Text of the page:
[lug] LILO and L :}
nate at natetech.com
Mon Feb 19 23:07:19 MST 2001
On Mon, Feb 19, 2001 at 09:47:34PM -0700, John Starkey wrote:
> Ok. So I've faced this enough to get perturbed now :}
> When installing occassionally I end up with the "L" instead of LILO.
> Based on previous conversations it appears to be that my mbr is outside
> ot the 1024. How can I put it back in?
> Also when using Linux Rescue off the boot cd how do i get fdisk to
> access /dev/hda. It keeps telling me /dev/hda can't be accessed.
Getting it back inside the limit may be difficult now that the machine's
up and going.
Having to guess here, but you have a large / partition that crosses the
There are some ways to fix this -- first you may want to see if newer
versions of Lilo exist for your distro of choice. It is my
understanding that at least on some hardware, newer versions of Lilo can
deal with the boundary better. (It's really a BIOS limitation but
newer versions of Lilo have interesting ways to try to avoid the
Another possiblity is Grub, which is a different bootloader, and I've
heard mixed stories about it. Some people swear by it, others hate it.
Typical of most software in general, I guess. I have heard, but have no
personal experience with it, that it can boot things all over the
physical disk. If you like to tinker, it might be worth a try.
Now I'm a more brute-force person and if the machine needs to be fixed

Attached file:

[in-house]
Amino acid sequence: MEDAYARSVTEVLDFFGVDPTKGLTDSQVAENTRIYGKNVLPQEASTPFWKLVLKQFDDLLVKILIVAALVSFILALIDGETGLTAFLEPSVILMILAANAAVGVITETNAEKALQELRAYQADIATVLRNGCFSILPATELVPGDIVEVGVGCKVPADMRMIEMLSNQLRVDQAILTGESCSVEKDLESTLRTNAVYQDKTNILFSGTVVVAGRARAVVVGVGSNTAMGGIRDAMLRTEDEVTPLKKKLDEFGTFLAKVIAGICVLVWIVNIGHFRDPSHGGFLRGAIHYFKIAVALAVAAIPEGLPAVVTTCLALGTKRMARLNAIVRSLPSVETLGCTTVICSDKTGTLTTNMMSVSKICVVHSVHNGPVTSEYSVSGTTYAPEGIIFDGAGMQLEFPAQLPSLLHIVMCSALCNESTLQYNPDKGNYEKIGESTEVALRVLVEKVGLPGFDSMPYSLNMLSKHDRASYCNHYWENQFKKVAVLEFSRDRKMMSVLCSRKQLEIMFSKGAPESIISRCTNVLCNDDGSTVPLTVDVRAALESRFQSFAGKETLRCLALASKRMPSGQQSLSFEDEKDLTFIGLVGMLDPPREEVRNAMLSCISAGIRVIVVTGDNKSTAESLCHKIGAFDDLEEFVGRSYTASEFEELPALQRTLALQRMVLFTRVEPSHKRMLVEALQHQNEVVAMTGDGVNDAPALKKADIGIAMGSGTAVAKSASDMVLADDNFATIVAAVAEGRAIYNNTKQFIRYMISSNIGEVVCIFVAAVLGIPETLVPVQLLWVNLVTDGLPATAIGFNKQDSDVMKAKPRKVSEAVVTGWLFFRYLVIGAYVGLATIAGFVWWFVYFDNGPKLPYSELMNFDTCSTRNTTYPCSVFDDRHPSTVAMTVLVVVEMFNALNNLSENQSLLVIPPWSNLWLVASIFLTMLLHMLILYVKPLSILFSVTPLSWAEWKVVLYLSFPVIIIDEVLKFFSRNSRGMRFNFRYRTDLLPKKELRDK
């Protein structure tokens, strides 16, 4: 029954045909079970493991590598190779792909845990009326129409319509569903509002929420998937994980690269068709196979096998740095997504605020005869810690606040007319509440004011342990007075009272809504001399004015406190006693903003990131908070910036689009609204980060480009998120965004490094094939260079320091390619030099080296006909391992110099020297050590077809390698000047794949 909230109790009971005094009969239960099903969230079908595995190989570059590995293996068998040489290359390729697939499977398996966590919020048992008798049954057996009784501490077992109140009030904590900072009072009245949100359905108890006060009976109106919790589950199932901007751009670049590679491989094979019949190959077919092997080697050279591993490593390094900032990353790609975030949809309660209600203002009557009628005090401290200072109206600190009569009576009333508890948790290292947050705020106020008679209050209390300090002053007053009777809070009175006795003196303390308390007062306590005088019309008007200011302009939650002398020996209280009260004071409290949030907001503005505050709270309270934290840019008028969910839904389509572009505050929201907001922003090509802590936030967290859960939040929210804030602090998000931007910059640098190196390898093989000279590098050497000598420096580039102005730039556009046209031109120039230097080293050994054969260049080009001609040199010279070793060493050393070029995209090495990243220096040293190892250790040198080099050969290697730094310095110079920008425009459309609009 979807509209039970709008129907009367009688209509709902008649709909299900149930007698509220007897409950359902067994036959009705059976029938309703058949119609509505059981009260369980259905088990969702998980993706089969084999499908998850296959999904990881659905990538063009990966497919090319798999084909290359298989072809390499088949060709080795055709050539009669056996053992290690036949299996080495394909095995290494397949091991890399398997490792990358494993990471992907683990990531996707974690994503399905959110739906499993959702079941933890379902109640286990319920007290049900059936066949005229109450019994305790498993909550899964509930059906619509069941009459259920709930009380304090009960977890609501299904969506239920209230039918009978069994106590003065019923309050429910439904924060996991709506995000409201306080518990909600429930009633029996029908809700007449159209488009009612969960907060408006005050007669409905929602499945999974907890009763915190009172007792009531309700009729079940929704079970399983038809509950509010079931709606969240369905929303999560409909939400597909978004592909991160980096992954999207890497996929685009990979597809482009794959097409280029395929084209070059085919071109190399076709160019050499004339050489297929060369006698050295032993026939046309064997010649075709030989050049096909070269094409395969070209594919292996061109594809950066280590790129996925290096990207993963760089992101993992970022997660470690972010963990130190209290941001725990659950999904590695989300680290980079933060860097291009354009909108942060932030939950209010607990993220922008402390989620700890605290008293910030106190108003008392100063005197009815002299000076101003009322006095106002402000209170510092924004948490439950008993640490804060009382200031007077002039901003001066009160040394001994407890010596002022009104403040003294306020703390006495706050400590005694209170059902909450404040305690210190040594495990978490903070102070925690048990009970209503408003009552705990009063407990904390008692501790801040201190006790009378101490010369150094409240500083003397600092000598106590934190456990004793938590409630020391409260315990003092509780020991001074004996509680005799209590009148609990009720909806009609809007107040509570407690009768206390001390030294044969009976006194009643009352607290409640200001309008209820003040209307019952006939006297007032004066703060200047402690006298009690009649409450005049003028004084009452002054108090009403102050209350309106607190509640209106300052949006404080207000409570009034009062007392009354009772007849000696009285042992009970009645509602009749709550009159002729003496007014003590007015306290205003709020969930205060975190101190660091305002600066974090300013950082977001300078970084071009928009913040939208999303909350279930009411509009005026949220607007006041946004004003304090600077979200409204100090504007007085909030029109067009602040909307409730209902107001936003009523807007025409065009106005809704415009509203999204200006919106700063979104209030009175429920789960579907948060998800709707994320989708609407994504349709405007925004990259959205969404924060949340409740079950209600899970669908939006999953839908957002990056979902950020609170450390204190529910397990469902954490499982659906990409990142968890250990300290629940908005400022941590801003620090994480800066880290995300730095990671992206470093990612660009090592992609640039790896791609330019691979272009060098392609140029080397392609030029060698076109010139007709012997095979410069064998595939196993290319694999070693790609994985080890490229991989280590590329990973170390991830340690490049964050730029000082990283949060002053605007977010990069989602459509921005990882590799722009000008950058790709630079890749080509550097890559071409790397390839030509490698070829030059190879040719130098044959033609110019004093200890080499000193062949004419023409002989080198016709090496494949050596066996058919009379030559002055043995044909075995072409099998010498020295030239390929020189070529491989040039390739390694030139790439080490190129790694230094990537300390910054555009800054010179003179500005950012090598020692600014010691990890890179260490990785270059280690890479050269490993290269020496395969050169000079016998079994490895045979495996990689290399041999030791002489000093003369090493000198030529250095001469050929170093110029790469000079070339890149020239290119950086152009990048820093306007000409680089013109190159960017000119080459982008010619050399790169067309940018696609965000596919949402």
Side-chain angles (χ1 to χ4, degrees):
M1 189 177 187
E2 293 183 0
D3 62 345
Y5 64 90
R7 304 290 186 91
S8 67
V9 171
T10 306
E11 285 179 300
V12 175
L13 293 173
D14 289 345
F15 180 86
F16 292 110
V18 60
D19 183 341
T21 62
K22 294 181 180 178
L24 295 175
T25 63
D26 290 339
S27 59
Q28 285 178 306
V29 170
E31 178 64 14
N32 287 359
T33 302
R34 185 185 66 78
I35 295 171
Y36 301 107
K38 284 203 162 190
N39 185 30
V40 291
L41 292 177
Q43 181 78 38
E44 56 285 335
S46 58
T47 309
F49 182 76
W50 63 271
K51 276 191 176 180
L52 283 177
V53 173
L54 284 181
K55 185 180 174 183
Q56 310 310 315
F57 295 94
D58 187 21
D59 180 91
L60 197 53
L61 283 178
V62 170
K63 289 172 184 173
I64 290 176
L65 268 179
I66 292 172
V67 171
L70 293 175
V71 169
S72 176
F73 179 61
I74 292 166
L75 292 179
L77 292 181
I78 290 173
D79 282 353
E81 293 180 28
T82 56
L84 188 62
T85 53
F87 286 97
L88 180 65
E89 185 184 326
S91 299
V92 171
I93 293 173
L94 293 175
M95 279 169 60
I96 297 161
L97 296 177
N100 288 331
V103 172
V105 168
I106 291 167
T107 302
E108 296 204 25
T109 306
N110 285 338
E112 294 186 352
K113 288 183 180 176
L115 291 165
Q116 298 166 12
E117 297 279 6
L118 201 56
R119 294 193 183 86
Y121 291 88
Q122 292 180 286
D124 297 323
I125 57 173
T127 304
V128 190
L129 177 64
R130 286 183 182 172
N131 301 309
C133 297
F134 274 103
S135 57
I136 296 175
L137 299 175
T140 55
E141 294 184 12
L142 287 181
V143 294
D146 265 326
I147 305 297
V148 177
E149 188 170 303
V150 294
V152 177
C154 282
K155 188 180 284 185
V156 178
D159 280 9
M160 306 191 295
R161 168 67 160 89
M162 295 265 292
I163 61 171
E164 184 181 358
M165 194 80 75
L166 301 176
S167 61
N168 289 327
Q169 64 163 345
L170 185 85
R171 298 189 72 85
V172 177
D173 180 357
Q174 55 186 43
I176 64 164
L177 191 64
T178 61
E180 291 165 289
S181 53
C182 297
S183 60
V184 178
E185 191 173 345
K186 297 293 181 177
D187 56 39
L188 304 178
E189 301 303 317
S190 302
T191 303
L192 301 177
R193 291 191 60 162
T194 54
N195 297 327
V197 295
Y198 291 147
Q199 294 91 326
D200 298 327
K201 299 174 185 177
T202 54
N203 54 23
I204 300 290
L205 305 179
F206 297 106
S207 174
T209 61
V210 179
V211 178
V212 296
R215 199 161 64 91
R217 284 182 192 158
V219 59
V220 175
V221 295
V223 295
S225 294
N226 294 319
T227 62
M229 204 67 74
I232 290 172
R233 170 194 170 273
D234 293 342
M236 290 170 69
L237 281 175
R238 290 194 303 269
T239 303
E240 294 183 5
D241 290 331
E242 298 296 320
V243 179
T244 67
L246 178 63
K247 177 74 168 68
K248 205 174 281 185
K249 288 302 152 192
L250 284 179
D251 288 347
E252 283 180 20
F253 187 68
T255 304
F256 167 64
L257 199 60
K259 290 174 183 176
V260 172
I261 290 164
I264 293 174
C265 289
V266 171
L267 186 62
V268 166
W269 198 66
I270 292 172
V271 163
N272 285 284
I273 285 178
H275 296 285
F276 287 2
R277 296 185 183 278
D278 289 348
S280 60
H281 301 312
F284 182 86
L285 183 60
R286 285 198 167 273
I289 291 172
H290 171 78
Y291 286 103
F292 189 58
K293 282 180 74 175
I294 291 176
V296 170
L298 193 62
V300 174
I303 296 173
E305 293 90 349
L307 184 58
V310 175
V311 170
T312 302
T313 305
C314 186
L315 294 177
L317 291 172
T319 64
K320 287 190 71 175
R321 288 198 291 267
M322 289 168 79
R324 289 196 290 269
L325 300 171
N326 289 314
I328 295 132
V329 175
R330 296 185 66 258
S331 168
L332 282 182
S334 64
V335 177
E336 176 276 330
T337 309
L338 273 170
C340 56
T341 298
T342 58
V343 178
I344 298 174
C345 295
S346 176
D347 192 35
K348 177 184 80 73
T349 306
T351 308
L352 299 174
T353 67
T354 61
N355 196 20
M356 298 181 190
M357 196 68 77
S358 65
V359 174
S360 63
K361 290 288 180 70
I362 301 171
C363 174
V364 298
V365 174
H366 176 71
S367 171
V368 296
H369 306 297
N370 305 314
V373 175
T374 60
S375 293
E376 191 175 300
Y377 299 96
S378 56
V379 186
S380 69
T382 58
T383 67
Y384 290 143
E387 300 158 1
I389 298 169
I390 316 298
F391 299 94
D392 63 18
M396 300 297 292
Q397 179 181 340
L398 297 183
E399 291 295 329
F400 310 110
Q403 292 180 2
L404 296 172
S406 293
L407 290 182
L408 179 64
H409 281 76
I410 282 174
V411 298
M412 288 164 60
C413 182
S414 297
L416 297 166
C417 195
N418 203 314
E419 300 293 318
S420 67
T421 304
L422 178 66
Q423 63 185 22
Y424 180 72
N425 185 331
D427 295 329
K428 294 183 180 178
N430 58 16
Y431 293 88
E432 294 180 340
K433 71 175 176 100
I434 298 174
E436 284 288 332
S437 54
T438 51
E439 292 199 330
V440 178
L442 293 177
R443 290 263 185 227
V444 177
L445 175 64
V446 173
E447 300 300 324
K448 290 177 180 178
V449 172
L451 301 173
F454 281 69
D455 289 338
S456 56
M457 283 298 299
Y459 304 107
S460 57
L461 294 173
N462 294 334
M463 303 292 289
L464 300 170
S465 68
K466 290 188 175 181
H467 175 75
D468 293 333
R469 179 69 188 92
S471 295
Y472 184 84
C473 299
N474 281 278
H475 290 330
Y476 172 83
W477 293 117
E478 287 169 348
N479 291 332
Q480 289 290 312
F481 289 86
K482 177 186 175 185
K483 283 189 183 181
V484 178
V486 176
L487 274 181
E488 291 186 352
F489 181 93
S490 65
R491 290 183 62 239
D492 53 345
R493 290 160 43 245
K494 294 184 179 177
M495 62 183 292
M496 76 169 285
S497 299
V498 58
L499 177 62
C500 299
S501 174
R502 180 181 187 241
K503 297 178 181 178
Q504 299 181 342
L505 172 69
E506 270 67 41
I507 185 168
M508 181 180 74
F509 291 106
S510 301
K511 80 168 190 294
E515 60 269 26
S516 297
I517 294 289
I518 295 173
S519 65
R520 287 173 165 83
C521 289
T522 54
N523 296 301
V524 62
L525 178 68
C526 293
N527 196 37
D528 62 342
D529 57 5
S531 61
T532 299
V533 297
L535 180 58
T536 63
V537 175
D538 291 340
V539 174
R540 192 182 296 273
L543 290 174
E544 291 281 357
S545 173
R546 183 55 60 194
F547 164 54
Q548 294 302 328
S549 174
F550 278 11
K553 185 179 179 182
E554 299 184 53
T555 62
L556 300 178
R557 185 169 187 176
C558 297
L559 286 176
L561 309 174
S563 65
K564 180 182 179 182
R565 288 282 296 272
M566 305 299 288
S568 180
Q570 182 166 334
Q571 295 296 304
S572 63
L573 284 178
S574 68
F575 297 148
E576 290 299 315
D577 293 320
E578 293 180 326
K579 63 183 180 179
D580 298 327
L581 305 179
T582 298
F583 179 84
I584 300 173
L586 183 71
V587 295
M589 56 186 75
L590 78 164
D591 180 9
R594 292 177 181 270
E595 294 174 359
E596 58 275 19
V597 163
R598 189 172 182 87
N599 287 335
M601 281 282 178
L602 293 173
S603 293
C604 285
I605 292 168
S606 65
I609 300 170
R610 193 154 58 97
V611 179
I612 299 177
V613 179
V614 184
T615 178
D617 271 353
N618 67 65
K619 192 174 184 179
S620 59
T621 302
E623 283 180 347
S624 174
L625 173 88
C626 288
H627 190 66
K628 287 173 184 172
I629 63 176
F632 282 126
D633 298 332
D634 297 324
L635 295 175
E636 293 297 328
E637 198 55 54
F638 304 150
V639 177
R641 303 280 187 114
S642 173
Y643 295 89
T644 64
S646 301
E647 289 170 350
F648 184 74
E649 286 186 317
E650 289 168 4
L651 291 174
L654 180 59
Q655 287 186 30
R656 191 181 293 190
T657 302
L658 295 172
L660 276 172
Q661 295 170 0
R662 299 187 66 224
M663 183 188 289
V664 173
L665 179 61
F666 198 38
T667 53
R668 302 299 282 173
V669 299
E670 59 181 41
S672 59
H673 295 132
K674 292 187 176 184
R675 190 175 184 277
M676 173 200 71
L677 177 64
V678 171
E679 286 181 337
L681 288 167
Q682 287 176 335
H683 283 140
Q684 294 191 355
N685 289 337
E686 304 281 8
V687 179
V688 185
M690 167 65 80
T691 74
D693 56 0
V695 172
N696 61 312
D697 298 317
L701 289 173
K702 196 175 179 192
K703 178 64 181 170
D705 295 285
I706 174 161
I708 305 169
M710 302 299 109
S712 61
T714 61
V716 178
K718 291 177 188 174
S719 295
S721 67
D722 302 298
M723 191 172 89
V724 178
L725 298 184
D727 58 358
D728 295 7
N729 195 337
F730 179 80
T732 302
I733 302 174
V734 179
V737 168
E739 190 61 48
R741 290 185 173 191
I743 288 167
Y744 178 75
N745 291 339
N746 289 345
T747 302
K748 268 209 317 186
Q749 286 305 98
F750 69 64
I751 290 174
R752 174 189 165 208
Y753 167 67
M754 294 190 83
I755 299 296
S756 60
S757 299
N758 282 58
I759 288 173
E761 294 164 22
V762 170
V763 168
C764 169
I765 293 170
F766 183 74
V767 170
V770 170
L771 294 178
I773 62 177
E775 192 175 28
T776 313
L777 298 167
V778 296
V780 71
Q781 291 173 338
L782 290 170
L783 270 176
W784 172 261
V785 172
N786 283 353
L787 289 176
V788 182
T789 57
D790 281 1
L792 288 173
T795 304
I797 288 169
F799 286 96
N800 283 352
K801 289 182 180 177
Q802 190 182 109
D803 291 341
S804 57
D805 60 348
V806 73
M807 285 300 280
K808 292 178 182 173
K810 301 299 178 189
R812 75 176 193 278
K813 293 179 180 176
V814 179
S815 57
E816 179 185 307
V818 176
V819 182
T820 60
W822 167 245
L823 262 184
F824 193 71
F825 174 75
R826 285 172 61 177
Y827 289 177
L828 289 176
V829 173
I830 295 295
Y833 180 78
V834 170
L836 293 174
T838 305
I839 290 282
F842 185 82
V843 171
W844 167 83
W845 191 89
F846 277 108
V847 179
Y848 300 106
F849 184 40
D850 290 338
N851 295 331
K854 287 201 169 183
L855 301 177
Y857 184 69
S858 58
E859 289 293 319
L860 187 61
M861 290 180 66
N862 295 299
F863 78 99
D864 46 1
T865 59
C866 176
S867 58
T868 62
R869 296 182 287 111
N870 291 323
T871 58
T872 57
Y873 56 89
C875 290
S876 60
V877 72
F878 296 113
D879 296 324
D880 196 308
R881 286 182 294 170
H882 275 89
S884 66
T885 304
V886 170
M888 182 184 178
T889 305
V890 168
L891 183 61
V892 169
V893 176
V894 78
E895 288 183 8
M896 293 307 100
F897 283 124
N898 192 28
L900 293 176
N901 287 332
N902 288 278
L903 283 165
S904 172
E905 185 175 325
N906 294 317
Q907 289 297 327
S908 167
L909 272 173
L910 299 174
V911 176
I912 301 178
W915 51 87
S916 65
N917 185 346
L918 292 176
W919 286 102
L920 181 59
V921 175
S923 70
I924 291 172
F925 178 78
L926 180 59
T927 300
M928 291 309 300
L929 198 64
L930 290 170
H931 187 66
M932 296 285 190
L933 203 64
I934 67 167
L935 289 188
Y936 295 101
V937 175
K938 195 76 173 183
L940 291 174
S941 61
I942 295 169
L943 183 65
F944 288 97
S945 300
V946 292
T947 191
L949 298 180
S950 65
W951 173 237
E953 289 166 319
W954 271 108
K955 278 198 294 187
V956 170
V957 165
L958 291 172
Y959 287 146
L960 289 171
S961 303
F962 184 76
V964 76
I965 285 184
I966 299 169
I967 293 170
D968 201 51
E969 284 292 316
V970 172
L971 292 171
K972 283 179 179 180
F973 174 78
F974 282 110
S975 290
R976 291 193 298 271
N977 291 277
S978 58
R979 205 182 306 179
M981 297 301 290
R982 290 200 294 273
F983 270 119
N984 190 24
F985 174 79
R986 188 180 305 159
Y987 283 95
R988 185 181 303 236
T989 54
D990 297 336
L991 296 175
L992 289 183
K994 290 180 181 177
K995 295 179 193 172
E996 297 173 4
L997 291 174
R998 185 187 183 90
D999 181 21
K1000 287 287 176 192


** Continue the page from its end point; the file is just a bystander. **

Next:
in place, I'd be trying to move / over a bit and make a /boot partition
up at the front of the drive. But doing this can be awfully tricky, and
recommending it here isn't probably the best idea without knowing a
whole lot more about your setup. (Things like do you have any space
free on the disk, how much space is used, etc etc etc...) There are
Linux-based ext2 resizing programs you could use to accomplish this, but
you'd have to be booted from other media (like one of the specially made
rescuedisk distros) that has those tools on it to do that.
As a way to avoid this, I've gotten in the habit of always creating a
small /boot partition up at the front of the drive on every machine I
build. Then for "junk" workstations or machines I don't care about...
everything in /. For servers or machines that need to be more
"traditional" about their setup, I make appropriate paritions of the
correct sizes for the various filesystems. Another habit I've gotten
into is if there is ample space available on the disk and no
readily-available tape backup device or other hard disks, I usually try
to leave a partition as large as the largest partition on the disk as
freespace. Then later if I realize that I need to mess with a
partition, a simple "dd" and I have a backup -- and if the machine ends
up in production doing more useful things than originally intended, I
have more space I can use later. A little cushion.
Just some thoughts, hope they're helpful.
If you're wanting to go the route of resizing partitions, you may want
to look at the GNU parted project's bootdisks available at:
However, proceed with caution!
Here's some links to stuff that may be useful for others reading this...
I like mini-distributions, and here's a few links to some of them:
tomsrtbt - http://www.toms.net/rb/
yard - http://www.croftj.net/~fawcett/yard/
mulinux - http://sunsite.dk/mulinux/
one list (of many) of small linux systems -
There's a ton more, but in just looking up these I got sidetracked into
remembering a project I've been meaning to get started for a while with
one of these mini-distos...
Nate Duehr <nate at natetech.com>
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